Autoscaling API

The Autoscaling API is used to manage autoscaling policies, preferences, triggers, listeners and to get diagnostics on the state of the cluster.

Read API

The autoscaling Read API is available at /solr/admin/autoscaling or /api/cluster/autoscaling (v2 API style). It returns information about the configured cluster preferences, cluster policy, collection-specific policies triggers and listeners.

This API does not take any parameters.

Read API Response

The output will contain cluster preferences, cluster policy and collection specific policies.

Examples using Read API

Output

{
    "responseHeader": {
        "status": 0,
        "QTime": 2
    },
    "cluster-policy": [
        {
            "replica": "<2",
            "shard": "#EACH",
            "node": "#ANY"
        }
    ],
    "WARNING": "This response format is experimental.  It is likely to change in the future."
}

Diagnostics API

The diagnostics API shows the violations, if any, of all conditions in the cluster and, if applicable, the collection-specific policy. It is available at the /admin/autoscaling/diagnostics path.

This API does not take any parameters.

Diagnostics API Response

The output will contain sortedNodes which is a list of nodes in the cluster sorted according to overall load in descending order (as determined by the preferences) and violations which is a list of nodes along with the conditions that they violate.

Examples Using Diagnostics API

Here is an example with no violations but in the sortedNodes section, we can see that the first node is most loaded (according to number of cores):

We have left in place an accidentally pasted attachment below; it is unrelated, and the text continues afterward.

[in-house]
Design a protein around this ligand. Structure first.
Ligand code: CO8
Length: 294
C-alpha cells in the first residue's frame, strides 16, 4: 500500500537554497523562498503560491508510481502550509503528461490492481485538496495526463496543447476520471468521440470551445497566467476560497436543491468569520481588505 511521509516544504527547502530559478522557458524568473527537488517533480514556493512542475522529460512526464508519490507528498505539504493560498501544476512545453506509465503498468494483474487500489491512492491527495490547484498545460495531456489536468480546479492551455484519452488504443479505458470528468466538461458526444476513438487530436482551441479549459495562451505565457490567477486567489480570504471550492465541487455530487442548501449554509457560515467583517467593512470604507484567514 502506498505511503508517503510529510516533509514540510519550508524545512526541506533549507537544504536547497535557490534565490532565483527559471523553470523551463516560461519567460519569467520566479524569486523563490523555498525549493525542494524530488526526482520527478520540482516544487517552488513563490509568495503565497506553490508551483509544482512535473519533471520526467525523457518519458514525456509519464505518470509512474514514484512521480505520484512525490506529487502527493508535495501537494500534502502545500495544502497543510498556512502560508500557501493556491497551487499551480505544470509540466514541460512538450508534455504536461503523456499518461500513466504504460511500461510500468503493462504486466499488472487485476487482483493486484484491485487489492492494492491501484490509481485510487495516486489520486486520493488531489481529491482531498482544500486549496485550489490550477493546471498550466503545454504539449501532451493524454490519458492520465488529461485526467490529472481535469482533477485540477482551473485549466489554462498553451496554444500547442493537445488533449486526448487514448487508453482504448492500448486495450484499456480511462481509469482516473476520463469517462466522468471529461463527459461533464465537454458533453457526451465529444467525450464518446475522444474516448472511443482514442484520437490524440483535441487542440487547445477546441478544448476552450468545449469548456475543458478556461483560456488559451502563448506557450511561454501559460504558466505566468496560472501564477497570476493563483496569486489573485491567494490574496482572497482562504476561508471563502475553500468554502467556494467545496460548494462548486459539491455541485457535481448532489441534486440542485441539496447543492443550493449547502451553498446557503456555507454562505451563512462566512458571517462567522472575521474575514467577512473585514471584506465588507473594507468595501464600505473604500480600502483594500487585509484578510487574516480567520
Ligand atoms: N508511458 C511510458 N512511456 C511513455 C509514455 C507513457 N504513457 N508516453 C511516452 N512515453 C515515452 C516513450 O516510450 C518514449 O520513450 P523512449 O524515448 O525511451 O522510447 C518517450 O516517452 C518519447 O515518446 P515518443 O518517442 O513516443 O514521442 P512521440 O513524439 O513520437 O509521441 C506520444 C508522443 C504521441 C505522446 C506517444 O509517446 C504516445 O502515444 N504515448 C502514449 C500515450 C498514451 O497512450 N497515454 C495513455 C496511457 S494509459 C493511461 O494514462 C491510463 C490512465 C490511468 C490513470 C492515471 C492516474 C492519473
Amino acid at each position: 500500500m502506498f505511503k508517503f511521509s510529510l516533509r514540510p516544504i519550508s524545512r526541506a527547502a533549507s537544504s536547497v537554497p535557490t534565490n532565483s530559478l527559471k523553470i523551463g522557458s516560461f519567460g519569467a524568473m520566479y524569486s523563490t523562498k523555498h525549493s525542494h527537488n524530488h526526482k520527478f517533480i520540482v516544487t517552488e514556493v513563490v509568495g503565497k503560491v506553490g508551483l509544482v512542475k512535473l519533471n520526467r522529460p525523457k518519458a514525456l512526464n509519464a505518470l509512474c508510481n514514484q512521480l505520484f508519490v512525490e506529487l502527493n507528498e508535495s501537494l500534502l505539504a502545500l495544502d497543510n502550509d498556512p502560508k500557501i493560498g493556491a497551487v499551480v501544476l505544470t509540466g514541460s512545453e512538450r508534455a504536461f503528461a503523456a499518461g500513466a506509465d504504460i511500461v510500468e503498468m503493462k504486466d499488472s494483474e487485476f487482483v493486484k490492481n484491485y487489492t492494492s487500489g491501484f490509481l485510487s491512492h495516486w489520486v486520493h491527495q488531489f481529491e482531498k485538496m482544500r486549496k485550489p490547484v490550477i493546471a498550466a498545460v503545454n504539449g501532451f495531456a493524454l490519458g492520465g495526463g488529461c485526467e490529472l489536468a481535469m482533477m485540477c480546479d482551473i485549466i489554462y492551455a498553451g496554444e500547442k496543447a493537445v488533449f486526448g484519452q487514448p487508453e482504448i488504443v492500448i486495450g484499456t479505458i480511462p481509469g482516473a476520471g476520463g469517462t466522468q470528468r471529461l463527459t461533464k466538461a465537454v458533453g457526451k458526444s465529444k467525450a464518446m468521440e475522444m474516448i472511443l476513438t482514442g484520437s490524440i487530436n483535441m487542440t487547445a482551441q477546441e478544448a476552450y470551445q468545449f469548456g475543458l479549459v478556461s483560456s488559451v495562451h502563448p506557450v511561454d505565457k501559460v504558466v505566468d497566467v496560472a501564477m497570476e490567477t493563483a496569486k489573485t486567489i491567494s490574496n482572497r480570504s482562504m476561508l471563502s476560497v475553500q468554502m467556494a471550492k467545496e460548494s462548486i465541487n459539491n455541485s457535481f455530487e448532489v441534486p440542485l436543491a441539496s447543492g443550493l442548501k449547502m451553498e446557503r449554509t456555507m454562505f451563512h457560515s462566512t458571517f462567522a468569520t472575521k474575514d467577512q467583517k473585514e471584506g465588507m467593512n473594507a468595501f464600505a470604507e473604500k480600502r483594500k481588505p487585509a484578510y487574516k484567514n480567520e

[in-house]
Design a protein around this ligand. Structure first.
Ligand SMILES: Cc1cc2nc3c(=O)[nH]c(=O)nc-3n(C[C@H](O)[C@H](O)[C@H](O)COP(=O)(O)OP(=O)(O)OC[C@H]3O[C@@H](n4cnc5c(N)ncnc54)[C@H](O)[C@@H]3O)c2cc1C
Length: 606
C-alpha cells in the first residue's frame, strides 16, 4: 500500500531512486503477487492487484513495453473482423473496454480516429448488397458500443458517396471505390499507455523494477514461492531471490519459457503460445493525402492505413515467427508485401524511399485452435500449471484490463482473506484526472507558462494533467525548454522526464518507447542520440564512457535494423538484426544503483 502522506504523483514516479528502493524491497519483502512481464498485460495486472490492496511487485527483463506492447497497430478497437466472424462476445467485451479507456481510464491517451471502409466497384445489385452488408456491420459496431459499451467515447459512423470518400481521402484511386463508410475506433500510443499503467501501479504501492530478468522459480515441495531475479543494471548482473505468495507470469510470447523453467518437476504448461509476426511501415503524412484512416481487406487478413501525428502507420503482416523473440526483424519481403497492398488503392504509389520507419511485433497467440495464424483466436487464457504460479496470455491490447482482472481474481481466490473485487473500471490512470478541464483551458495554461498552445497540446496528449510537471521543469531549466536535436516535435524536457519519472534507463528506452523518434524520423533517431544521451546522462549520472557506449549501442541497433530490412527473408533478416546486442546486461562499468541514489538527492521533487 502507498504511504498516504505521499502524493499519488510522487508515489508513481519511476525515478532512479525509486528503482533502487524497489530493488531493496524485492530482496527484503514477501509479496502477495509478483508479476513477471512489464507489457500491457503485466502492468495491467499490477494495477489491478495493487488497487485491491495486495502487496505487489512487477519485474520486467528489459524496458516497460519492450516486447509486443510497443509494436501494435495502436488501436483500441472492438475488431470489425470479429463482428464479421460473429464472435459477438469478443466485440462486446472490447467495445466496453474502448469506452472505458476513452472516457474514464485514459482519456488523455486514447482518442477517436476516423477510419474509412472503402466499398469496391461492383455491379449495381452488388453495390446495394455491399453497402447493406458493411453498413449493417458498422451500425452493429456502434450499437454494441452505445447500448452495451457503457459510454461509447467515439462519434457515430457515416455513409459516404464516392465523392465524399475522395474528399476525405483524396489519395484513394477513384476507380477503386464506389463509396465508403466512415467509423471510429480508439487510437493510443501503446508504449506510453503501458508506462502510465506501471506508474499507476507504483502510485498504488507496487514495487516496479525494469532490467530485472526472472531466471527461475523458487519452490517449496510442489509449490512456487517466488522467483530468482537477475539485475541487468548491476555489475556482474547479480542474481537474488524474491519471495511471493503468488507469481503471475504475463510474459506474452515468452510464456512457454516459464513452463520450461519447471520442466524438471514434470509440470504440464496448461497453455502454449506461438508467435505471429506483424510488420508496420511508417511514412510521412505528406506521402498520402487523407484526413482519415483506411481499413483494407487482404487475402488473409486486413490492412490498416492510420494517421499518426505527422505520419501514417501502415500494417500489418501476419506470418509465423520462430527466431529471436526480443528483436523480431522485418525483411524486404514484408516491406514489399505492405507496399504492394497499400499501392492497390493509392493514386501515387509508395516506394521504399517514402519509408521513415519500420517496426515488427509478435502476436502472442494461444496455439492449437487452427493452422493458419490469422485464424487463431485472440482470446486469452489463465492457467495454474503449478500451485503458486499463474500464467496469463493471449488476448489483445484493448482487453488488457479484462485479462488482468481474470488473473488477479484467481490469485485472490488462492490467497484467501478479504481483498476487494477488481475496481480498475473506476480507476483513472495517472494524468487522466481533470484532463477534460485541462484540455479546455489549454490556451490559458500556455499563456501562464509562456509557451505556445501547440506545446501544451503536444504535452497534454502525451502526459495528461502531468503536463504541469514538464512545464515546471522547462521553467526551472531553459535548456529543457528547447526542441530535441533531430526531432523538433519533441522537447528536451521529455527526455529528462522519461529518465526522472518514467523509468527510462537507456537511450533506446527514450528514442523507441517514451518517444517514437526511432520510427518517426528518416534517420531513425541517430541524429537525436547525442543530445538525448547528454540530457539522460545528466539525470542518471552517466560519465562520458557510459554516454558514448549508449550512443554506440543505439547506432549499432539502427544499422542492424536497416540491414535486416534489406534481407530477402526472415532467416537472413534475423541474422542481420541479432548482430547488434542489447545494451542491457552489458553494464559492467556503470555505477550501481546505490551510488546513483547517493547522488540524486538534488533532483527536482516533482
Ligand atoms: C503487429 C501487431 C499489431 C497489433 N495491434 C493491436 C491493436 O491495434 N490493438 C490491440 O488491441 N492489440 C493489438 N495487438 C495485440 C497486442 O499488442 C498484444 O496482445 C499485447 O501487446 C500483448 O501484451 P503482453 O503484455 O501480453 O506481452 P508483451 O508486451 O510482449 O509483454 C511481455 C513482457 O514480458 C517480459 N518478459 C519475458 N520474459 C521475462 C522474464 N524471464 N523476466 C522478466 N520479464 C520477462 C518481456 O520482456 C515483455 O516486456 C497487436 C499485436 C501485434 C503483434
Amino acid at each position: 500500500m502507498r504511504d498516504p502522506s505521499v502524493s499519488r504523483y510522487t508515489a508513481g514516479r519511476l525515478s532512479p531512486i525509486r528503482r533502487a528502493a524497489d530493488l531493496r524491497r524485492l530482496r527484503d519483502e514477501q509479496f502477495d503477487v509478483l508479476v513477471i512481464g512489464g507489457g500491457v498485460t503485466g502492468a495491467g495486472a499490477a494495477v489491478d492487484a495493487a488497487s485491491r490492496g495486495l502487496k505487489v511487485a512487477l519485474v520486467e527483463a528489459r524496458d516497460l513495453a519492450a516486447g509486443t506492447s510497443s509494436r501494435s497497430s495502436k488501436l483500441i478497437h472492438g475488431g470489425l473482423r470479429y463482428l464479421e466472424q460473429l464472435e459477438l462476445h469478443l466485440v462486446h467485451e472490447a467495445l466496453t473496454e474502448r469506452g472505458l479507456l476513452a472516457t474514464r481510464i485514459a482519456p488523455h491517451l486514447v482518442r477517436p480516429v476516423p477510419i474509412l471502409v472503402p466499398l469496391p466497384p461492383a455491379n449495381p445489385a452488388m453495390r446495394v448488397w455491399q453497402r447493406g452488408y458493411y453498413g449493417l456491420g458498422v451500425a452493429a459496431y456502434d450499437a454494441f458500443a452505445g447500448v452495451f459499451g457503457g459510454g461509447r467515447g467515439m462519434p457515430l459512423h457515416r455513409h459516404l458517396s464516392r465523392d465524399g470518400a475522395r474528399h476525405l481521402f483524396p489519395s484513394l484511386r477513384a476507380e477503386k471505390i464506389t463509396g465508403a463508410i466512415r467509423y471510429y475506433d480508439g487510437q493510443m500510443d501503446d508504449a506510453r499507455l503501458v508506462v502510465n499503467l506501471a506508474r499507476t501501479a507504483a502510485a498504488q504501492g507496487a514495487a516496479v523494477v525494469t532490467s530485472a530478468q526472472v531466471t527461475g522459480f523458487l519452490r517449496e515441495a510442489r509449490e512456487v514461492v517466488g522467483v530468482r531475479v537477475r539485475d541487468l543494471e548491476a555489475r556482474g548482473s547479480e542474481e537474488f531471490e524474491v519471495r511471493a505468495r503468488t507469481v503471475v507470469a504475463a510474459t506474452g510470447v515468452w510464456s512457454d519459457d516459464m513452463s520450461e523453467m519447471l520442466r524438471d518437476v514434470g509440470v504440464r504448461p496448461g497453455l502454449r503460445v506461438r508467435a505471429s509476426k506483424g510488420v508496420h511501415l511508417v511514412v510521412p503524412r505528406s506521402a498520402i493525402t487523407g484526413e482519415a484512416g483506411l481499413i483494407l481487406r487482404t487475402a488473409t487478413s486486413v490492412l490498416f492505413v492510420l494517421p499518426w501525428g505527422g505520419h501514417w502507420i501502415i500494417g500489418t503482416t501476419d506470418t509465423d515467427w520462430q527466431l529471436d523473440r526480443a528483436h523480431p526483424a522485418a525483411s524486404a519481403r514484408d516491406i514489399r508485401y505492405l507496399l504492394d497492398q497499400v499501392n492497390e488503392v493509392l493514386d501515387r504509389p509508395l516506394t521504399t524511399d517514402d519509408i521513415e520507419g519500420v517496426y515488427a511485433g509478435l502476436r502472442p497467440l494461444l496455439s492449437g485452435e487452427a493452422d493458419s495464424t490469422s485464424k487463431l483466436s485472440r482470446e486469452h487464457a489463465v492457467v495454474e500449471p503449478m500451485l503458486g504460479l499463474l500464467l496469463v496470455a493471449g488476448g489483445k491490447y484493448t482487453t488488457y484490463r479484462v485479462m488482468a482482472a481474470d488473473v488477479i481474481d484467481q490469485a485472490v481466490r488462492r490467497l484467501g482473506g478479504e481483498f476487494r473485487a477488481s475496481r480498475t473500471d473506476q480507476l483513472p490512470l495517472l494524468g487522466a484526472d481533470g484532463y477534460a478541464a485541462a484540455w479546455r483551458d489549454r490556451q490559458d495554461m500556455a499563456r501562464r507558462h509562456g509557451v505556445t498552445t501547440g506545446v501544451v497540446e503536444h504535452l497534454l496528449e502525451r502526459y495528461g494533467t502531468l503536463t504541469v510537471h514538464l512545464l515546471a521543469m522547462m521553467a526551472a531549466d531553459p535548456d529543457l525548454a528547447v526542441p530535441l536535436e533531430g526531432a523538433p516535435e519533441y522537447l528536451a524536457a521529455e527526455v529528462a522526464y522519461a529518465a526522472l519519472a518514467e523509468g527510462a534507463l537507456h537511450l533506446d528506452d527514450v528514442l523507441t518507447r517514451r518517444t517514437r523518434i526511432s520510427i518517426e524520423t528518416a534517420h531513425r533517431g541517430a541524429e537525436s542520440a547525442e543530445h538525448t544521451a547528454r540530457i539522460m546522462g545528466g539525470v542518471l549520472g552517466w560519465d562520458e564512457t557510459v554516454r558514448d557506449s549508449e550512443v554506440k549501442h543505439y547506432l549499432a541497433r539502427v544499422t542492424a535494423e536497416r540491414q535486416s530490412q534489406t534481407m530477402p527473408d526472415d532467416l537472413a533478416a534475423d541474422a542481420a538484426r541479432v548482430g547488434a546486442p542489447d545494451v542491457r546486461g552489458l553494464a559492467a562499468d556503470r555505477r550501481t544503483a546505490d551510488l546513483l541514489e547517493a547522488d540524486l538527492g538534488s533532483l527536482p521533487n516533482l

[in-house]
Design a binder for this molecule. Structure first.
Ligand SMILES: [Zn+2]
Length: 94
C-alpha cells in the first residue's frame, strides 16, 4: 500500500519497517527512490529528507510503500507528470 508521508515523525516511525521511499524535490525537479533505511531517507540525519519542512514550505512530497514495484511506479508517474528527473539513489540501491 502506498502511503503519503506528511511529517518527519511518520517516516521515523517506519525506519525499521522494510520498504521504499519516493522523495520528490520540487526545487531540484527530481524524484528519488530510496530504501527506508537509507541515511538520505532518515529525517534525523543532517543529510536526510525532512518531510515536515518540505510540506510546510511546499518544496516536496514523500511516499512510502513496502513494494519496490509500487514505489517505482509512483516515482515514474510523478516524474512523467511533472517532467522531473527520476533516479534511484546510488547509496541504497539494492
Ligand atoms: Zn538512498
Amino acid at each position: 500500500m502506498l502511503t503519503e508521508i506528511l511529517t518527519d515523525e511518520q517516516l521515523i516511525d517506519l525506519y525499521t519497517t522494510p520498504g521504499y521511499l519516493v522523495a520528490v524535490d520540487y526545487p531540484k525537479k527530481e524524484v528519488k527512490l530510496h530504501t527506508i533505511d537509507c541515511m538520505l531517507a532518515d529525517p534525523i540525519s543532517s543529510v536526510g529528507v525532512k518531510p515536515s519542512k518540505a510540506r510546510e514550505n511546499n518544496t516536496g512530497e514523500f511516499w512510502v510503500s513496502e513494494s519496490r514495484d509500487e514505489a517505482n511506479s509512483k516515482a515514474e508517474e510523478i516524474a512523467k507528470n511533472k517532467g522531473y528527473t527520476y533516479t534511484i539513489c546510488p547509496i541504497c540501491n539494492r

{
    "responseHeader": {
        "status": 0,
        "QTime": 65
    },
    "diagnostics": {
        "sortedNodes": [
            {
                "node": "127.0.0.1:8983_solr",
                "cores": 3
            },
            {
                "node": "127.0.0.1:7574_solr",
                "cores": 2
            }
        ],
        "violations": []
    },
    "WARNING": "This response format is experimental.  It is likely to change in the future."
}

Suppose we added a condition to the cluster policy as follows:

{"replica": "<2", "shard": "#EACH", "node": "#ANY"}

However, since the first node in the first example had more than 1 replica for a shard already, then the diagnostics API will return:

{
    "responseHeader": {
        "status": 0,
        "QTime": 45
    },
    "diagnostics": {
        "sortedNodes": [
            {
                "node": "127.0.0.1:8983_solr",
                "cores": 3
            },
            {
                "node": "127.0.0.1:7574_solr",
                "cores": 2
            }
        ],
        "violations": [
            {
                "collection": "gettingstarted",
                "shard": "shard1",
                "node": "127.0.0.1:8983_solr",
                "tagKey": "127.0.0.1:8983_solr",
                "violation": {
                    "replica": "2",
                    "delta": 0
                },
                "clause": {
                    "replica": "<2",
                    "shard": "#EACH",
                    "node": "#ANY",
                    "collection": "gettingstarted"
                }
            }
        ]
    },
    "WARNING": "This response format is experimental.  It is likely to change in the future."
}

In the above example the node with port 8983 has two replicas for shard1 in violation of our policy.

Suggestions API

Suggestions are operations recommended by the system according to the policies and preferences the user has set.

Suggestions are made only if there are violations to active policies. The operation section of the response uses the defined preferences to identify the target node.

The API is available at /admin/autoscaling/suggestions. Here is an example output from a suggestion request:

{
  "responseHeader":{
    "status":0,
    "QTime":101},
  "suggestions":[{
      "type":"violation",
      "violation":{
        "collection":"mycoll",
        "shard":"shard2",
        "tagKey":"7574",
        "violation":{ "delta":-1},
        "clause":{
          "replica":"0",
          "shard":"#EACH",
          "port":7574,
          "collection":"mycoll"}},
      "operation":{